Don Cervantes

Jauregui's Cervantes - not actually CervantesOn this day in 1571, the great Italian Baroque painter Caravaggio was born. He was only 38 when he died, but he was hugely influential on the path of painting. Yet he was all but forgotten after his death. It has only been in the last century that he has been given his due. He was a wonderful painter regardless.

The great Jerry Lee Lewis is 78 today. Here he is doing “Whole Lotta Shakin’ Going On”:

Other birthdays: the great novelist Elizabeth Gaskell (1865); largely wrong economist Ludwig von Mises (1881); the great physicist Enrico Fermi (1901); novelist James Fogle (1936); actor Madeline Kahn (1942); actor Ian McShane (71); the great television composer Mike Post (69); and comedian Robert Webb (41).

The day, however, belongs to the man who not only invented the modern novel, he invented the postmodern novel: Miguel de Cervantes who was born sometime around this day in 1547. I’ve read a couple of biographies about him and I can tell you this: we don’t know much about him. But the man clearly loved poetry. And yet, he really wasn’t that good a poet. What I don’t think he ever appreciated enough is just what a great wit he was. It isn’t just in Don Quixote. His Ocho Cemedias would be hysterical if performed. And even the Novelas Ejemplares are funny. But it seemed to be so much a part of who he was that he didn’t focus on it.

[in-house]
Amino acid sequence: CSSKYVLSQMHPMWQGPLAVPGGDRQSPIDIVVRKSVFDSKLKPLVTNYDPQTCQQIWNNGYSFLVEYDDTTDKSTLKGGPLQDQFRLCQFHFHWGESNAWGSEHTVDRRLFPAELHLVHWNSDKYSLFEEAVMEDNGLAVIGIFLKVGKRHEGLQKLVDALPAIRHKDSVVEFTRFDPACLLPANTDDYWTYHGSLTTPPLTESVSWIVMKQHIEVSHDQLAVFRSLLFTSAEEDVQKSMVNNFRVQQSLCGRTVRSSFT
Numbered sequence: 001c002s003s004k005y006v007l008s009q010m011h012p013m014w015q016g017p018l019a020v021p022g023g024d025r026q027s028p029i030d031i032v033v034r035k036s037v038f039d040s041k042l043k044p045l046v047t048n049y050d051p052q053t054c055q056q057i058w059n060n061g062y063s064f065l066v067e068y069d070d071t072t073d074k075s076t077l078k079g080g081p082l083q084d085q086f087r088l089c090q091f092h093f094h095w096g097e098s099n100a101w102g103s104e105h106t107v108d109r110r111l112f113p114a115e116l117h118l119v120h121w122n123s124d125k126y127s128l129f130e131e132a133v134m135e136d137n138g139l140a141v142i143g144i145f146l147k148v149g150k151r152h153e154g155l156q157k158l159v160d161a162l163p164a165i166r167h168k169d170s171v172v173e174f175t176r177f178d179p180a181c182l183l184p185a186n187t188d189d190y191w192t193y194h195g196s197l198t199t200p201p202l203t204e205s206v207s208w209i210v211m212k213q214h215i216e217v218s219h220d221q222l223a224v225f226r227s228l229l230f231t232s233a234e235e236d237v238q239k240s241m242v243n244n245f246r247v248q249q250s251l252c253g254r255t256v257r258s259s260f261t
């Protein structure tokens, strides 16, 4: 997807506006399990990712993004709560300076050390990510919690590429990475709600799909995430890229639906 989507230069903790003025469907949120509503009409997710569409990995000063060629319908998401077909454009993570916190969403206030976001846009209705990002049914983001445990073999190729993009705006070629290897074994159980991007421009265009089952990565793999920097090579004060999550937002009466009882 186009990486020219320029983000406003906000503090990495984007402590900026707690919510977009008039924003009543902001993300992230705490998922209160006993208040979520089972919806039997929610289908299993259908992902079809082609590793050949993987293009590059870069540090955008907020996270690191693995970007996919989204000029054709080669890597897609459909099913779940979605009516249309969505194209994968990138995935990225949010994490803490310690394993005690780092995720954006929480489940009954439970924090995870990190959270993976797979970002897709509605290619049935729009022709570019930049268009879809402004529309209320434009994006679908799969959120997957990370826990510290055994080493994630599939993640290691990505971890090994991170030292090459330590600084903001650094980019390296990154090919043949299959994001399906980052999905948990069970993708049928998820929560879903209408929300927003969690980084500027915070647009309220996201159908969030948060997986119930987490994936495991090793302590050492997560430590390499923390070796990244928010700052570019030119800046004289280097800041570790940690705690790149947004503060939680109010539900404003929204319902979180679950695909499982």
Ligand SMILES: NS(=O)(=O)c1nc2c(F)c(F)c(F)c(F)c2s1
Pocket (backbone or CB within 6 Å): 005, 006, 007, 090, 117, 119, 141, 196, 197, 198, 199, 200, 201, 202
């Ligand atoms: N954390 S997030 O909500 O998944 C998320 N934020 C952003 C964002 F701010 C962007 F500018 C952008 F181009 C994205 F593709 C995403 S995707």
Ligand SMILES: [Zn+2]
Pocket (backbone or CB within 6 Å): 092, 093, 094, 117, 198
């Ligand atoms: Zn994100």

He also had a remarkable life. While coming back from war, he was captured and enslaved for five years, during which time he attempted to escape 4 times—some of the attempts quite daring and involved. But he never really used the experiences in his work—at least not in an autobiographical way. Again, I think it was too much a part of him. As a result, I always imagine him as a very introverted man who perhaps didn’t have the best notion of what was going on in the “objective” world. But he certainly created much great literature.

Let me explain what I mean when I say he invented the postmodern novel. In the first book of Don Quixote, he claims just to be someone who found these true histories of this amazing man Don Quixote. But then, in the second book, Don Quixote and Sancho Panza—the actual people the story was written about—become famous because of the first book. That is some seriously twisted life imitating art imitating life. It is wonderfully charming and funny.

Happy birthday Miguel de Cervantes!

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